Biomedizinische Nmr Forschungs Gmbh Am Max Planck Institute For Biophysikalische Chemie

Gottingen, Germany

Biomedizinische Nmr Forschungs Gmbh Am Max Planck Institute For Biophysikalische Chemie

Gottingen, Germany
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Schweisfurth M.A.,Biomedizinische Nmr Forschungs Gmbh Am Max Planck Institute For Biophysikalische Chemie | Schweisfurth M.A.,German Primate Center | Schweizer R.,Biomedizinische Nmr Forschungs Gmbh Am Max Planck Institute For Biophysikalische Chemie | Frahm J.,Biomedizinische Nmr Forschungs Gmbh Am Max Planck Institute For Biophysikalische Chemie
NeuroImage | Year: 2011

This study explored the question of intra-digit somatotopy of sensory representations in the little and index finger of 10 subjects using tactile stimulation of the fingertip (p1) and base (p4) and functional magnetic resonance imaging (fMRI) at 1.5. mm isotropic spatial resolution. The Euclidian distances between p1 and p4 peak representations in Brodmann area 3b resulted in 5.0 ± 0.7. mm for the little finger and 6.7 ± 0.5. mm for the index finger. These non-collocated representations were found to be consistently ordered across subjects for the little but not the index finger. When using separate distances for medial-lateral, anterior-posterior, and inferior-superior orientations, p4 was 1.9 ± 0.7. mm medial to p1 for the little finger in agreement with findings in macaque monkeys, whereas no consistent intra-digit somatotopy across subjects was found for the index finger. This discrepancy could point to differences in the map-forming processes based on sensory input. On the behavioral level it may be attributed to our everyday use of the hand, for which p4 of the index finger plays a much less important role than p4 of the little finger, which is located at the outer border of the hand. © 2011 Elsevier Inc.


Merrem A.,Biomedizinische Nmr Forschungs Gmbh Am Max Planck Institute For Biophysikalische Chemie
Investigative Radiology | Year: 2017

OBJECTIVE: The aim of this study was to develop a rapid diffusion-weighted (DW) magnetic resonance imaging (MRI) technique for whole-brain studies without susceptibility artifacts and measuring times below 3 minutes. MATERIALS AND METHODS: The proposed method combines a DW spin-echo module with a single-shot stimulated echo acquisition mode MRI sequence. Previous deficiencies in image quality due to limited signal-to-noise ratio are compensated for (1) by radial undersampling to enhance the flip angle and thus the signal strength of stimulated echoes; (2) by defining the image reconstruction as a nonlinear inverse problem, which is solved by the iteratively regularized Gauss-Newton method; and (3) by denoising with use of a modified nonlocal means filter. The method was implemented on a 3 T MRI system (64-channel head coil, 80 mT · m gradients) and evaluated for 10 healthy subjects and 2 patients with an ischemic lesion and epidermoid cyst, respectively. RESULTS: High-quality mean DW images of the entire brain were obtained by acquiring 1 non-DW image and 6 DW images with different diffusion directions at b = 1000 s · mm. The achievable resolution for a total measuring time of 84 seconds was 1.5 mm in plane with a section thickness of 4 mm (55 sections). A measuring time of 168 seconds allowed for an in-plane resolution of 1.25 mm and a section thickness of 3 mm (54 sections). Apparent diffusion coefficient values were in agreement with literature data. CONCLUSIONS: The proposed method for DW MRI offers immunity against susceptibility problems, high spatial resolution, adequate signal-to-noise ratio and clinically feasible scan times of less than 3 minutes for whole-brain studies. More extended clinical trials require accelerated computation and online reconstruction. Copyright © 2017 Wolters Kluwer Health, Inc. All rights reserved.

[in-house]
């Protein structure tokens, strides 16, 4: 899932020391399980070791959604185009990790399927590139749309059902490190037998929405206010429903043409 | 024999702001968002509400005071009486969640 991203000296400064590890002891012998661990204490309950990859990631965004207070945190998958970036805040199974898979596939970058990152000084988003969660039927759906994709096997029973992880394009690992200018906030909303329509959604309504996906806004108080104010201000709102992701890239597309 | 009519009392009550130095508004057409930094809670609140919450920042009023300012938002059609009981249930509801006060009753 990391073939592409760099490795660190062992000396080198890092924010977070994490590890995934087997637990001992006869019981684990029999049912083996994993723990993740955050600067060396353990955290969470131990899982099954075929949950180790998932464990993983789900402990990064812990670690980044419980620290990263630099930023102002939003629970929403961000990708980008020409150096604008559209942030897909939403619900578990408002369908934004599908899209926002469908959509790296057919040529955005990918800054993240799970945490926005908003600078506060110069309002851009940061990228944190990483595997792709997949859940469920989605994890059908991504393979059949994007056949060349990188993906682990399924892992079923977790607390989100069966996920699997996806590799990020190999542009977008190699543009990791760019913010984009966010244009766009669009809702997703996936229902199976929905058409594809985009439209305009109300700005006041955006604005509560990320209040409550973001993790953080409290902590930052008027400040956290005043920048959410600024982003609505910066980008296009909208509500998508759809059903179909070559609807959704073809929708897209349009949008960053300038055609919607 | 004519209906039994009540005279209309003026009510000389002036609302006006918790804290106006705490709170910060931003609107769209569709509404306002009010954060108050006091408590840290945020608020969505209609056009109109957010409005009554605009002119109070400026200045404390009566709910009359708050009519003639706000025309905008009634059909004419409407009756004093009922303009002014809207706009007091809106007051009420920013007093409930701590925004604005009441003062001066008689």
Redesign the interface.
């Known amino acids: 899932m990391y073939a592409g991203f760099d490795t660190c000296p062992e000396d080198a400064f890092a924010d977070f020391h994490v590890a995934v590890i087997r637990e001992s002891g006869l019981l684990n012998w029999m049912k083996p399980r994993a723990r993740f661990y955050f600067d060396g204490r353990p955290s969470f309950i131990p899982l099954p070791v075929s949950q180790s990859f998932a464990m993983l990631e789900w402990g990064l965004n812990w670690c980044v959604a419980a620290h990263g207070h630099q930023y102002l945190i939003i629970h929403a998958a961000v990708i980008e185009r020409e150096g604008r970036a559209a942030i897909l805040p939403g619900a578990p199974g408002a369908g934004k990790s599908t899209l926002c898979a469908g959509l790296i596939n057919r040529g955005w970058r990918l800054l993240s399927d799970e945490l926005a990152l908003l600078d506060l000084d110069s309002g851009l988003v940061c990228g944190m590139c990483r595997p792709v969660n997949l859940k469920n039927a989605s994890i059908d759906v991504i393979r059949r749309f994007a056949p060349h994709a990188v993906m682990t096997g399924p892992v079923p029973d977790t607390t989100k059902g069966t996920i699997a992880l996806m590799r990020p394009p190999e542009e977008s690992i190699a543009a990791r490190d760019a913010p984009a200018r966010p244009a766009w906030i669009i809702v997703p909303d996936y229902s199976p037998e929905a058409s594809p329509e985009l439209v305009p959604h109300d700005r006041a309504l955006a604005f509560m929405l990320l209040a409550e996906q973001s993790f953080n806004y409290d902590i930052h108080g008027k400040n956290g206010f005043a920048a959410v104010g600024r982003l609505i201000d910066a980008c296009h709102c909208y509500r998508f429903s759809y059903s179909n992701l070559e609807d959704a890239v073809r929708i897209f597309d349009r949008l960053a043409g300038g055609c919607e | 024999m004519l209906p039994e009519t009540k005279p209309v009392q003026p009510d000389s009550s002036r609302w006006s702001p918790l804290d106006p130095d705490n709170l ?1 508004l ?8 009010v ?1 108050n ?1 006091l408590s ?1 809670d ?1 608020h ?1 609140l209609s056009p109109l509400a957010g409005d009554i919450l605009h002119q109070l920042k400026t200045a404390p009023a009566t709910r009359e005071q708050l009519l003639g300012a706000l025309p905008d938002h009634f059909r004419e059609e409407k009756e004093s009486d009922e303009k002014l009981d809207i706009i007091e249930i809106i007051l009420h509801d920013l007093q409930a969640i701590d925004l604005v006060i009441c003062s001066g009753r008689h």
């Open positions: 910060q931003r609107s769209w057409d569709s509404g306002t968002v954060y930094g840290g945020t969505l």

Dreha-Kulaczewski S.,University of Gottingen | Joseph A.A.,Biomedizinische Nmr Forschungs Gmbh Am Max Planck Institute For Biophysikalische Chemie | Joseph A.A.,German Center for Cardiovascular Research | Merboldt K.-D.,Biomedizinische Nmr Forschungs Gmbh Am Max Planck Institute For Biophysikalische Chemie | And 4 more authors.
Journal of Neuroscience | Year: 2017

CSF flux is involved in the pathophysiology of neurodegenerative diseases and cognitive impairment after traumatic brain injury, all hallmarked by the accumulation of cellular metabolic waste. Its effective disposal via various CSF routes has been demonstrated in animal models. In contrast, the CSF dynamics in humans are still poorly understood. Using novel real-time MRI, forced inspiration has been identified recently as a main driving force of CSF flow in the human brain. Exploiting technical advances toward real-time phase-contrast MRI, the current work analyzed directions, velocities, and volumes of human CSF flow within the brain aqueduct as part of the internal ventricular system and in the spinal canal during respiratory cycles. A consistent upward CSF movement toward the brain in response to forced inspiration was seen in all subjects at the aqueduct, in 11/12 subjects at thoracic level 2, and in 4/12 subjects at thoracic level 5. Concomitant analyses of CSF dynamics and cerebral venous blood flow, that is, in epidural veins at cervical level 3, uniquely demonstrated CSF and venous flow to be closely communicating cerebral fluid systems in which inspiration-induced downward flow of venous blood due to reduced intrathoracic pressure is counterbalanced by an upward movement of CSF. The results extend our understanding of human CSF flux and open important clinical implications, including concepts for drug delivery and new classifications and therapeutic options for various forms of hydrocephalus and idiopathic intracranial hypertension. © 2017 the authors.


Watanabe T.,Biomedizinische Nmr Forschungs Gmbh Am Max Planck Institute For Biophysikalische Chemie | Frahm J.,Biomedizinische Nmr Forschungs Gmbh Am Max Planck Institute For Biophysikalische Chemie | Michaelis T.,Biomedizinische Nmr Forschungs Gmbh Am Max Planck Institute For Biophysikalische Chemie
NeuroImage | Year: 2016